LEBANON, yet again, totters on the edge of chaos. The country's Christians and Muslims have staked out mutually exclusive positions concerning the election of a new president. They can't agree on where parliament should meet to vote, much less on a candidate. The Syrians, meanwhile, despite a huge military presence in Lebanon and years of political maneuvering there, find themselves powerless to impose a government on the feuding factions. Their presidential candidate of choice, Suleiman Franjieh, was scorned by the Maronite Christians. A second candidate, Mikhail Daher, like Mr. Franjieh a Christian, was likewise rejected as too close to the Syrians. Since 1943, Lebanon has had a Christian president, with other high offices divided among Muslims and Christians.
Syria's troubles are magnified by the intrigues of Iraq, freed from the Gulf war and eager to settle old scores with its chief Arab antagonist.
The Iraqis, reportedly, are funneling arms and money to Lebanese Muslim factions opposed to Syrian leader Hafez Assad - making it doubly difficult for Syria to function as kingmaker.
Former Lebanese President Amin Gemayel, whose term expired last Thursday, has tried to fill the political gap by appointing a successor regime headed by a Christian general, Michel Aoun. That would-be government, blasted by the Syrians as illegitimate, is opposed by another interim government led by Muslim acting Prime Minister Selim Hoss.
At the street level, Lebanese government manages to sputter along. Civil servants still get salaries, though they have competing bosses. Electricity and water are supplied. The judicial system, however, is paralyzed, and taxes go largely uncollected.
Any semblance of order in Lebanon is tenuous. Tensions among the country's dozen or more religious sects constantly simmer. Always close at hand are outsiders ready to take a hand in reshaping Lebanese society. The Syrians have been the most prominent of these, but Iranians, Israelis, and now the Iraqis do their share to feed and care for those factions and militias that serve their ends. The prominence of these militias tends to work against the gentler arts of political compromise.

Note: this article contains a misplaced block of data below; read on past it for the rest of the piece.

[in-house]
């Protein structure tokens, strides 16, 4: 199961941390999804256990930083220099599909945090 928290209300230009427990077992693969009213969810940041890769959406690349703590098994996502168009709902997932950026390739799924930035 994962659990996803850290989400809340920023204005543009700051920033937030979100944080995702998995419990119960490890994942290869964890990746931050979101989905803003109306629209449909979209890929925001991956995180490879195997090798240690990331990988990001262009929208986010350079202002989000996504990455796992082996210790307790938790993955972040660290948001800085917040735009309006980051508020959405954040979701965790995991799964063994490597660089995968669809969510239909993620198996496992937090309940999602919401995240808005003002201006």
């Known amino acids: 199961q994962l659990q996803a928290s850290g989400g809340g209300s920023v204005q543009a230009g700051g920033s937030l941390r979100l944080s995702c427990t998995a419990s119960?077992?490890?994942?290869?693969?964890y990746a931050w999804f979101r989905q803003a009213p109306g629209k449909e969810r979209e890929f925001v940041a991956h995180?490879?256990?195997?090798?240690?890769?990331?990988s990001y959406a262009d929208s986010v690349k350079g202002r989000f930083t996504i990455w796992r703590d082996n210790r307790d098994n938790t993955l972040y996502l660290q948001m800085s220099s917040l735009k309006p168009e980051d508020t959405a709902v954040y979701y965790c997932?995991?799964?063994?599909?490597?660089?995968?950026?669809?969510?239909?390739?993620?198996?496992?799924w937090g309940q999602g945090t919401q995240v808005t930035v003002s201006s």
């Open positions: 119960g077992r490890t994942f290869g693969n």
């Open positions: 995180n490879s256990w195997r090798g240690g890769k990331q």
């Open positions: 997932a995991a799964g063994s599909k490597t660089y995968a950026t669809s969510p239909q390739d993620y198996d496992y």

The talk now is of Lebanon's imminent partition - the formal recognition of a condition that has existed de facto since the late '70s. But few Lebanese want that. The country's fragile economy could disintegrate completely under formal partition.
The crisis at hand can best be resolved by continued efforts to elect a president through constitutional means. The country has talented people who could find the elusive middle ground of Lebanese politics, if given a chance by competing warlords and power brokers like the Syrians.
Beyond that, the country has to work toward redrawing its social contract, taking into account the population changes since the present division of political power was devised in the 1940s. This would mean a loosened hold on power by some, particularly the now minority Christians.
Confrontation and violence, past and present, would obscure these reasonable steps. But clear-thinking men and women must still search for them.